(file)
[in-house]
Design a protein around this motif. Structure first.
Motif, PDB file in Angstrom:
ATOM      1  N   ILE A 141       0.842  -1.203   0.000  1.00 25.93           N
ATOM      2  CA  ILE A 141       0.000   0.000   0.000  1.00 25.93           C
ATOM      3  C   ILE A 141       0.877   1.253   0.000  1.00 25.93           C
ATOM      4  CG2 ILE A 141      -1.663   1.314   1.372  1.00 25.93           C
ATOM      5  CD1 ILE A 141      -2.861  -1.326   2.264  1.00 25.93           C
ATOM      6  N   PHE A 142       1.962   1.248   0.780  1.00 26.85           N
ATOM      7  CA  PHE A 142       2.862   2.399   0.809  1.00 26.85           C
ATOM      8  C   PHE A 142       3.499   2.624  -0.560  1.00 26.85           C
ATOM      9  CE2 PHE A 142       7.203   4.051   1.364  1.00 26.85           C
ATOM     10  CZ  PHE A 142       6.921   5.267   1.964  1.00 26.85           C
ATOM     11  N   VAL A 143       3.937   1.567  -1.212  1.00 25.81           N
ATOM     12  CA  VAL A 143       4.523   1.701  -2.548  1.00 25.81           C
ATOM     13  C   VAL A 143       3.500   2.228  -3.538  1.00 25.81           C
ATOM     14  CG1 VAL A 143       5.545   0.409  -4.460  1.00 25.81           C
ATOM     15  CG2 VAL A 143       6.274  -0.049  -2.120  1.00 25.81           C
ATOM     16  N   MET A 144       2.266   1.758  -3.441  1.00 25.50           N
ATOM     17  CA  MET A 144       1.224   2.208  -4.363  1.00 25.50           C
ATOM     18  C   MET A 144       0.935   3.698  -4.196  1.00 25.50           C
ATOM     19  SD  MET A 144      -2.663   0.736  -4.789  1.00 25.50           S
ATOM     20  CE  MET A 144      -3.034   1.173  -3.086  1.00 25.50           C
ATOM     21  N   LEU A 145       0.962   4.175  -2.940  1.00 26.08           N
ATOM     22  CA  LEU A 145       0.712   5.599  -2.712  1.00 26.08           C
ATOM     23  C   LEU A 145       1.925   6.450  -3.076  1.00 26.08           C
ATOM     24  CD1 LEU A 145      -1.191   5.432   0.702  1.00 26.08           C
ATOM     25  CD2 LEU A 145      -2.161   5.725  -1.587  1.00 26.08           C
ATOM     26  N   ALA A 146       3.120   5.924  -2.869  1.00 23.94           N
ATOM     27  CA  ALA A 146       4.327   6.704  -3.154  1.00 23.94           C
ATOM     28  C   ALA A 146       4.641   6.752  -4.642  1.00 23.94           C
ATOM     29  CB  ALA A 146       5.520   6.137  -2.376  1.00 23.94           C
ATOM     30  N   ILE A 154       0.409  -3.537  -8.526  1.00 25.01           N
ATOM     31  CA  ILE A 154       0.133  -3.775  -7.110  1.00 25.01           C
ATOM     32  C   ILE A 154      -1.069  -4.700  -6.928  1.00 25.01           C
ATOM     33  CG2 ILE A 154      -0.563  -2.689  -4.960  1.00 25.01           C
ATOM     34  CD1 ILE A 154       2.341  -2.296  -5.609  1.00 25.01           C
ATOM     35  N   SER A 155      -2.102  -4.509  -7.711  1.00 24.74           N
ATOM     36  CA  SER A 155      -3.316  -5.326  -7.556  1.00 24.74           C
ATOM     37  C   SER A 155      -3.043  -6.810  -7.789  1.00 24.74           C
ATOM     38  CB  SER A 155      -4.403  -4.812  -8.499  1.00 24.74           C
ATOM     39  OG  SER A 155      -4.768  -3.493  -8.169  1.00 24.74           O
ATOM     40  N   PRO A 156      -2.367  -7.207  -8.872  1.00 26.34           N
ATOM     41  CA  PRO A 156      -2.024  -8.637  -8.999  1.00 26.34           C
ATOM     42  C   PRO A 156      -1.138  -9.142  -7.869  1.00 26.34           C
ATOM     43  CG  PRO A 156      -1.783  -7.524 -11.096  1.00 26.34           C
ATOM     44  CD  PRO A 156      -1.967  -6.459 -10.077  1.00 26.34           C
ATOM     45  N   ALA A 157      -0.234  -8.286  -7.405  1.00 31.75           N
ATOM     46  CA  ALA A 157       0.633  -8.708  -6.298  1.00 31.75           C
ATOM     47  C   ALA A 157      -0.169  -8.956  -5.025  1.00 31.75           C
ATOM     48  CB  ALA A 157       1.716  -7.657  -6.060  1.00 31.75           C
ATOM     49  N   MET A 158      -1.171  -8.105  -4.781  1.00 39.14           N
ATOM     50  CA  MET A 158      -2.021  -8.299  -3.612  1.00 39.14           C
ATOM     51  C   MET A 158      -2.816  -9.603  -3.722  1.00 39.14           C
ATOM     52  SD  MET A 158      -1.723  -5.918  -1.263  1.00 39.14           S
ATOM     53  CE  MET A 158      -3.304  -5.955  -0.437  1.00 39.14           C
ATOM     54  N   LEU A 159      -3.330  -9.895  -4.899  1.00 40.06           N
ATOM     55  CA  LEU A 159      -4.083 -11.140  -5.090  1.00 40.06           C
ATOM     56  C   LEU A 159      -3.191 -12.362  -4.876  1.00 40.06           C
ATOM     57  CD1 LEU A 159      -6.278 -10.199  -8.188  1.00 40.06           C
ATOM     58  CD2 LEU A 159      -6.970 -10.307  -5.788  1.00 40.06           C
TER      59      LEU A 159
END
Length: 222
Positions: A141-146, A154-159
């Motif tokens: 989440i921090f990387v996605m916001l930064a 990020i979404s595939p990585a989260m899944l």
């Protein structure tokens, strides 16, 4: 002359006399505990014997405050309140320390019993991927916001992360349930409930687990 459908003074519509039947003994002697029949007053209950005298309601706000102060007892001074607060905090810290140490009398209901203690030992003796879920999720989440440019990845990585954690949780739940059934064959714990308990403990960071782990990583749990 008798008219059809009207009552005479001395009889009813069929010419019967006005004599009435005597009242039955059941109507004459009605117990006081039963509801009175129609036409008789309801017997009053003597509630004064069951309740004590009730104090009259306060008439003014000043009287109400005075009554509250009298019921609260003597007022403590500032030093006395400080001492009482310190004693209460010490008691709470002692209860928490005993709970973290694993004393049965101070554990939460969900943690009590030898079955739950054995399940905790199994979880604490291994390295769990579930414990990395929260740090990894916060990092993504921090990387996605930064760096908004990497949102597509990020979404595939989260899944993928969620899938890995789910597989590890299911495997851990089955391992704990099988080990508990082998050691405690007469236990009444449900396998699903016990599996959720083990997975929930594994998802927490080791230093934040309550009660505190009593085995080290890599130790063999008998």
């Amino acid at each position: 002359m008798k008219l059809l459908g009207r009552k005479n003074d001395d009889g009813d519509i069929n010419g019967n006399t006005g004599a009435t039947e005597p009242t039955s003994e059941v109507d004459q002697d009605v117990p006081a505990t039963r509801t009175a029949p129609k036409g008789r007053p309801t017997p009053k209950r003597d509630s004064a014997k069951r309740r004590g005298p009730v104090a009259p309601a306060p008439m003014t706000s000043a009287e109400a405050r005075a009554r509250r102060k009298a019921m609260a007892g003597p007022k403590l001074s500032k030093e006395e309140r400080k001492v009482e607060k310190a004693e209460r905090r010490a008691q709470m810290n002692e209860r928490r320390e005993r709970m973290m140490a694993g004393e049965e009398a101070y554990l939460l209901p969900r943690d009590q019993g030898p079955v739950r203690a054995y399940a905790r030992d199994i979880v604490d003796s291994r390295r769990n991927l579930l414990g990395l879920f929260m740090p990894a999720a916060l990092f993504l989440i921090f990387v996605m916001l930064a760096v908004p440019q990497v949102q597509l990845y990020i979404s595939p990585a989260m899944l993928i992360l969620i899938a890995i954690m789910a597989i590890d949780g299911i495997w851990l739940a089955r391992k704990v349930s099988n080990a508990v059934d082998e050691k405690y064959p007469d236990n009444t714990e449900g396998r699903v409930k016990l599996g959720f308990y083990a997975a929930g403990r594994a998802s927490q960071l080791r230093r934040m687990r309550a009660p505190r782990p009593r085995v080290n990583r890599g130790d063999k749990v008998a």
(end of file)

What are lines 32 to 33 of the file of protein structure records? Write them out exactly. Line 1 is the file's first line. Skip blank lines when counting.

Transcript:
ATOM     29  CB  ALA A 146       5.520   6.137  -2.376  1.00 23.94           C
ATOM     30  N   ILE A 154       0.409  -3.537  -8.526  1.00 25.01           N